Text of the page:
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Sarah on the climb up to the Saxifrage-Cassiope col. The sunshine felt spring like up here.


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From the col, we skied up to the top of Cassiope Peak, giving us great views of the surrounding mountains. It was quite pleasant at the summit, plenty of sunshine and little wind. I think this was my third time up here, I need to start going to other places.

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Powder, sunshine, and friends. It was a pretty good day to be a backcountry skier in the Coast Mountains. I forgot to include myself in the group shot though.

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Susie skiing off Cassiope Peak, with Mount Currie in the background and Gravell Creek on the left.


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After a long conference at the top, we skied off the summit, and then contoured around the south side of the peak east of Cassiope to access the north facing runs. On the way down, Ned went first, and accidentally jumped off one of the rimed covered rocks in the centre of the photo.

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Ned in action. The ridge tops were slightly windaffected, but the snow improved very soon.

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Joel enjoying some great north facing powder.

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Shadow and light. It's hard to get good skiing photos when skiing north facing slopes.

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Sarah skiing down a second run to the east.

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This photo is for Stu's mom.

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Ned looking good off a jump. I should just change the name of this blog to "RichSo's Blog about Ned"

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We skied down a northeast facing avalanche chute to bypass the lake and main avalanche path. It was a great exit, until the end where we had to sideslip our way down through a steep section of trees. At least I can add this part of the day to the map wall.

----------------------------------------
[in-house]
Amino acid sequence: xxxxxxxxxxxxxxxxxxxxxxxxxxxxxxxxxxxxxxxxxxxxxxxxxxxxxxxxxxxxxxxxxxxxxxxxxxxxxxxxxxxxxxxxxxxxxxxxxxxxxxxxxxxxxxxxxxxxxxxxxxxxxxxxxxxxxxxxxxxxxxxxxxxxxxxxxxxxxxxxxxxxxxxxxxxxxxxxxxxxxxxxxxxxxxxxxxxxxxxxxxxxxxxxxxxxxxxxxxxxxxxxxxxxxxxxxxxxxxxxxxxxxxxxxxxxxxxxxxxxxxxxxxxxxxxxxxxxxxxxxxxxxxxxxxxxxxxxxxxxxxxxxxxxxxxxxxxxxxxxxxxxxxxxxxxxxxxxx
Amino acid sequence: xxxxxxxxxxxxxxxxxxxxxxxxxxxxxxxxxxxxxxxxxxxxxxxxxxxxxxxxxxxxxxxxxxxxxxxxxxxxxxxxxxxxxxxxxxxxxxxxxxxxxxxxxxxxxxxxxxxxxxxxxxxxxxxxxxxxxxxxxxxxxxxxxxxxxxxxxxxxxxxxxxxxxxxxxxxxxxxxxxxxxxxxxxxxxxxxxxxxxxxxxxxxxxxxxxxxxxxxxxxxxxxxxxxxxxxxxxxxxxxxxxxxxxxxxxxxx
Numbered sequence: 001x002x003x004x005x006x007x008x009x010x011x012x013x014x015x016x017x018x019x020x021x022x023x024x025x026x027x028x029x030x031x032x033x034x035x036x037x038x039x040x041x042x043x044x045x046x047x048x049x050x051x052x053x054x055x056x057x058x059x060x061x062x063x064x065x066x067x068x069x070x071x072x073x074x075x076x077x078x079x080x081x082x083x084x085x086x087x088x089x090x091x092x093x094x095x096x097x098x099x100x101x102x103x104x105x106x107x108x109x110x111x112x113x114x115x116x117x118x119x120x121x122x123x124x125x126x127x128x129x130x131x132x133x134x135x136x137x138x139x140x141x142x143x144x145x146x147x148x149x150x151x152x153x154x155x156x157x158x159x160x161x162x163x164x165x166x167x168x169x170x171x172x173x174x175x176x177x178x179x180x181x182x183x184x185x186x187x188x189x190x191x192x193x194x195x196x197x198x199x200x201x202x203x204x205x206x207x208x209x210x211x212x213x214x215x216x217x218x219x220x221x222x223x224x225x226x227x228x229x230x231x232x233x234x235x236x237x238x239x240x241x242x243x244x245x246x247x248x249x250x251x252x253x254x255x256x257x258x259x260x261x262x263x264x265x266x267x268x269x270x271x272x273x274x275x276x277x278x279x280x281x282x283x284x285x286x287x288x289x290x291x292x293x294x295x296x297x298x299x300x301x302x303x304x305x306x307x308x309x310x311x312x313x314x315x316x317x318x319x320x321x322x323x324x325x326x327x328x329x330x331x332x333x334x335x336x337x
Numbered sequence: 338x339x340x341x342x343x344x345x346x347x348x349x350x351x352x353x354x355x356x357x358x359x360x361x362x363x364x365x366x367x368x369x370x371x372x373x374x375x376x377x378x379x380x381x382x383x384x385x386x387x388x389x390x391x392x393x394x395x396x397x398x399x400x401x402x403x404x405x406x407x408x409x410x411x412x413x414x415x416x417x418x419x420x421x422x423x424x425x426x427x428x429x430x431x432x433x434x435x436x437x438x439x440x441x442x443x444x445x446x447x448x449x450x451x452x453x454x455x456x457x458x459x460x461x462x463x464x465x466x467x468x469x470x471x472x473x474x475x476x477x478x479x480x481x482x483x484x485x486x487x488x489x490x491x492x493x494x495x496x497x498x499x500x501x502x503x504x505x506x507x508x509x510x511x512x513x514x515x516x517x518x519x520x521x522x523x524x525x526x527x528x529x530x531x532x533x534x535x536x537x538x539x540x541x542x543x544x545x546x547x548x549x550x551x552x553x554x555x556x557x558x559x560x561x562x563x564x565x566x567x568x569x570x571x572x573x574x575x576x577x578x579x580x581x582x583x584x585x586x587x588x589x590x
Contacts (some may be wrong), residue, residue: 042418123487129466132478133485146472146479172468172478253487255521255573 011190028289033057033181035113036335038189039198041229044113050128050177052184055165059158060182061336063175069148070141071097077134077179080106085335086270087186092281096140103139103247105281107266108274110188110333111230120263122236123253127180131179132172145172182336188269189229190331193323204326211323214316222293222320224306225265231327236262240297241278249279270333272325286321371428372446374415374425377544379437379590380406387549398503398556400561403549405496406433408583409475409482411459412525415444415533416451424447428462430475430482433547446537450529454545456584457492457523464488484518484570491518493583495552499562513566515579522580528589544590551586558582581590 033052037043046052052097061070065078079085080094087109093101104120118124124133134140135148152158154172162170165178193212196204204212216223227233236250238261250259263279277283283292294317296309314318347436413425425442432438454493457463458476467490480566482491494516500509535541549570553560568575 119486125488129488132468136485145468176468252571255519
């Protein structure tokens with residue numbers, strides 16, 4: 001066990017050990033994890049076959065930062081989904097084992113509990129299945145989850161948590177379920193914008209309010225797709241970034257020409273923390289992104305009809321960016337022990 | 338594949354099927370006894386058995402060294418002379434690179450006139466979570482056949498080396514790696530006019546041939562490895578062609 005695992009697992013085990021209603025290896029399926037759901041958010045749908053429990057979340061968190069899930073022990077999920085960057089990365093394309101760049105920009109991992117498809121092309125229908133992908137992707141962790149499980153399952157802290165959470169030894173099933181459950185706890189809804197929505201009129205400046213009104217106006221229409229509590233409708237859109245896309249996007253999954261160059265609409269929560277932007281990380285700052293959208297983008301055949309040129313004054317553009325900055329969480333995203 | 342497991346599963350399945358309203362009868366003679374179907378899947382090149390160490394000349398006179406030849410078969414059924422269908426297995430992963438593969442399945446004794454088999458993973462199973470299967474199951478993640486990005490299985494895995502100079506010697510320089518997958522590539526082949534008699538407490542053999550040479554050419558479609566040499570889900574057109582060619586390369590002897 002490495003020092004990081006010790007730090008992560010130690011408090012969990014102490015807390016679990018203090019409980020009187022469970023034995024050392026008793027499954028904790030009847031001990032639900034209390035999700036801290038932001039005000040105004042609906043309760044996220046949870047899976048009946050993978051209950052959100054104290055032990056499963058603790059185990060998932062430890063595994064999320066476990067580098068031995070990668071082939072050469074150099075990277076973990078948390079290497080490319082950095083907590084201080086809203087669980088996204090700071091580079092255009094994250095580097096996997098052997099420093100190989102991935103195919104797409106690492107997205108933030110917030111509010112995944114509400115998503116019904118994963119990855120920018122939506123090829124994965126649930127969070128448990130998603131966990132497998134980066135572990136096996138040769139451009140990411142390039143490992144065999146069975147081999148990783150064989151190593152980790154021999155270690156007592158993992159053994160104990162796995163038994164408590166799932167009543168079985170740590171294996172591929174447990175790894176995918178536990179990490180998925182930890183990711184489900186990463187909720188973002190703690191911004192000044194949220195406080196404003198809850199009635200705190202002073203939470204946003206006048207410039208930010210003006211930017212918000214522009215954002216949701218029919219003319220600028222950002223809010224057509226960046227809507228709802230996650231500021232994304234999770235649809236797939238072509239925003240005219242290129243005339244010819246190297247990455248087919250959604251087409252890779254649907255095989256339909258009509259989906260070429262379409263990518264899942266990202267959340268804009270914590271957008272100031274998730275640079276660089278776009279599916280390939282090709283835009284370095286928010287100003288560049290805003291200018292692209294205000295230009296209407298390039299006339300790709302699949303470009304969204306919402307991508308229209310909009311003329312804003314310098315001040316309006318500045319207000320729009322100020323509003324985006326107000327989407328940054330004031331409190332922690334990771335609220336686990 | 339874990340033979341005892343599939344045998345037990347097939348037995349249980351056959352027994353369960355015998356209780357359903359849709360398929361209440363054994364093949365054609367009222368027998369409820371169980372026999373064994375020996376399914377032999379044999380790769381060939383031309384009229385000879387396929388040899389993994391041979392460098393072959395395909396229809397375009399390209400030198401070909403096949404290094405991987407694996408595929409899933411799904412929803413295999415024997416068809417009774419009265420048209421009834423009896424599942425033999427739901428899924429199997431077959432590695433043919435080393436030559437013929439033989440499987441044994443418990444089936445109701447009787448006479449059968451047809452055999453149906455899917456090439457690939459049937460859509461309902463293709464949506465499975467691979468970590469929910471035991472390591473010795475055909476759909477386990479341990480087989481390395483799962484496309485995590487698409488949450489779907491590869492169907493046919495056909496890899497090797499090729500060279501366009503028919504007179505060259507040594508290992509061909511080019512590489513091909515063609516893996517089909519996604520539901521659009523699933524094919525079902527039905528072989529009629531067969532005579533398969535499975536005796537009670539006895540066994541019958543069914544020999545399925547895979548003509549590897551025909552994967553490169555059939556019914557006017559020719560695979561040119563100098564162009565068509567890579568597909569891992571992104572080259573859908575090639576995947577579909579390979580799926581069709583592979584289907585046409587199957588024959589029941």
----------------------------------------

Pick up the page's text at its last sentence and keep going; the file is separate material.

Monday, February 21, 2011

Cayoosh Mountain

Nick, Stu, Ned, Sarah, Reagen, Davey, Paul, Susie and I went skiing on Cayoosh Mountain. A fun day out with great views, though it was quite windy at the top. The last time I was here, it was a complete whiteout on the entire ascent to the summit so it was nice to come back here to enjoy the views.

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The famous Nick Elson went skiing with us today. It was quite cold in the shade.

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Sarah on her way up the Armchair glacier.

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Sunburst and high clouds over the Joffre Group.

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This place is popular. We skied off the col just below the summit, instead of skiing off the rocky steep face directly below the summit.

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Two other skiers climbing up towards another objective, with great views of Joffre, Matier, Hartzell and Spetch.

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Ned lower down on the northeast glacier. We had hoped to ski the Million Dollar couloir, but strong winds and our group size made us re-think our plan.

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We returned to the col. Davey, Paul, Nick and I continued up onto the summit while the others skied down the Armchair glacier. Sometimes fast and light is too light. Nick trimmed off the compression straps on his pack so he didn't have a way to carry his skis. Luckily it was only a short bootpack to the summit. I was surprised by how much heliskiing there was on the northwest glacier.